Read Charlotte Canelli’s column in the April 13 edition of the Norwood Transcript and Bulletin or listen to the podcast on SoundCloud. Podcasts are archived on the Voices from the Library page of the library website.
While both halves the 20th Century saw incredible growth and achievement, Americans endured terrific losses in the first half. It seemed like ancient history to me as I was growing up, but World War II ended less than ten years before my birth. The beginnings of the Holocaust and the meteoric rise of Adolph Hitler occurred only fifteen years before I was born in 1952. The black days of the stock market crash only twenty-three.
Put in that perspective, it isn’t hard to wonder why my parents and grandparents lived such a frugal and conservative lifestyle, always afraid of another world disaster that might strike.
In 1912 my grandparents’ first child was born, my mother’s eldest sister. It was also the year the Titanic sank.
The massive cruise liner took over five years to build before it literally rolled down the slipway and into the River Lagen in Belfast Harbour. Engineering, designing and planning the cruise liner began in 1907 and it took twenty-four months to physically build the ship in 1910-1912. RMS Titanic was enormous, she was luxurious and she was, they said, unsinkable.
American and British elite, responding to massive marketing targeted at their egos and bank accounts, were caught up in the incredible hype surrounding Titanic’s maiden voyage. Some of the world’s richest people were passengers on the ship. Isador Strauss, co-owner of the Macy’s chain of department stores was sailing home with his wife, Ida. Industrialist Benjamin Guggenheim, John Jacob Astor, IV (the richest man on board) and his young wife, Madeleine were also sailing home. On board were the cruise liner’s managing director, J. Bruce Ismay and Titanic’s designer, Thomas Andrews.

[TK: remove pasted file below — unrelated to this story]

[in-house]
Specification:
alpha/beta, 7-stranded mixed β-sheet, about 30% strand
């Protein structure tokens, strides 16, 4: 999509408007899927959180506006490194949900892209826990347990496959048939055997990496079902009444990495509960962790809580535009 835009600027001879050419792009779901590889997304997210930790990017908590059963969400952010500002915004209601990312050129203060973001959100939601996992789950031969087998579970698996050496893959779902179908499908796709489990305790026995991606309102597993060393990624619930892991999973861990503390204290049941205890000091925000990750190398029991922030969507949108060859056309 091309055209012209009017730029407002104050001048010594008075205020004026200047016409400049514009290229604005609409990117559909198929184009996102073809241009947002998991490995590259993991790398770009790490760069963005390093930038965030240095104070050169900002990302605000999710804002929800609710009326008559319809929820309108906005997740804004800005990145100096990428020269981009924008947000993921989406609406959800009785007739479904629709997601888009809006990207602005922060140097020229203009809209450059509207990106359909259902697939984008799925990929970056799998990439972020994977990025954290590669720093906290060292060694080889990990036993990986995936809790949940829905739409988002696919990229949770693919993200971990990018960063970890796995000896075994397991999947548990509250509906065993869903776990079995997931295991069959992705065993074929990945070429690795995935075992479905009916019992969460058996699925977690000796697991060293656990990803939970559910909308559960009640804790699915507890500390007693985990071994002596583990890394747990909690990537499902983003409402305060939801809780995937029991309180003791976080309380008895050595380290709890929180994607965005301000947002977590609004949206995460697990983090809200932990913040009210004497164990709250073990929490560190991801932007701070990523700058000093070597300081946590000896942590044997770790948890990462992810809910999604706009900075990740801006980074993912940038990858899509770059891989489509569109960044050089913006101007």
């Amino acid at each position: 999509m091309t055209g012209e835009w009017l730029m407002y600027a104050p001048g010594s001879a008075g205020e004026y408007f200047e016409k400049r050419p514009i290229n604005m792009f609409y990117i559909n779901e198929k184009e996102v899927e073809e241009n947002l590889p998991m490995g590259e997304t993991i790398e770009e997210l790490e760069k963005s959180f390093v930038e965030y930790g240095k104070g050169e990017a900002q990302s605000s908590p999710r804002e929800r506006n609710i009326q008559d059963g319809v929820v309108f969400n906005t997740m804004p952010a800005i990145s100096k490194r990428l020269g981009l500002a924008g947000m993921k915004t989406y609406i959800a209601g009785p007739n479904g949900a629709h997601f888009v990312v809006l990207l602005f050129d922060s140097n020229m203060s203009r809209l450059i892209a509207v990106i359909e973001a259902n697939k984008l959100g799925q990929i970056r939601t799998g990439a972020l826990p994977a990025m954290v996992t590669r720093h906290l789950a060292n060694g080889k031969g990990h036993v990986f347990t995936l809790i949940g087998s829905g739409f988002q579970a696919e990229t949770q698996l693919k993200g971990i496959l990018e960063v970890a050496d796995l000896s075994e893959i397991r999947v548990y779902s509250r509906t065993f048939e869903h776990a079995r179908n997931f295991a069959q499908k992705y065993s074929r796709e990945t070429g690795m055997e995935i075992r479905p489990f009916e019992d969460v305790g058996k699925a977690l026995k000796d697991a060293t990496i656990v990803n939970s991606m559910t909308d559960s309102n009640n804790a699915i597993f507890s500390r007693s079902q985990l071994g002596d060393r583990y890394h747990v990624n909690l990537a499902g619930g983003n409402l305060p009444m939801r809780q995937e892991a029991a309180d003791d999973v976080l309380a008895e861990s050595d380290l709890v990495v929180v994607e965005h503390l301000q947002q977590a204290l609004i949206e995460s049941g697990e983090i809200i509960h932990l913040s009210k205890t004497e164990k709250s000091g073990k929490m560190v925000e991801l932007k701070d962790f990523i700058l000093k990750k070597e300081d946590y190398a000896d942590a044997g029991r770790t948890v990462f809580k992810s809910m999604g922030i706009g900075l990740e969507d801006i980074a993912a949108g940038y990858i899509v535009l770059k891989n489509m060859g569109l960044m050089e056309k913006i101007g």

For many passengers, the cruise was simply a ‘cool’ way to sail to New York. Among those were nouveau riche Molly Brown, silent film actress Dorothy Gibson and fashion icon to the celebrities and wealthy, Lady Duff Gordon. Others, those in second class and those in third, or steerage, booked their voyage at the last minute but many more planned their trip for months. Some of those passengers only wanted a way to America where they would start a new life. Of the 2,240 people aboard the ship, 1,517 perished either by drowning or by freezing to death in the frigid North Atlantic waters.
It was a disaster of titanic proportions. Within weeks of Titanic’s sinking, actress and survivor Dorothy Gibson starred in a short silent film about the disaster. Sadly, that film no longer survives but theatergoers flocked to see it in 1912. One of the first books written, “The Sinking of the Titanic” by Logan Marshall, was reprinted many times and was again re-published in 1997, abridged and edited by Bruce M. Caplan. Marshall’s narrative, packed with survivor accounts, raised many questions about the disaster.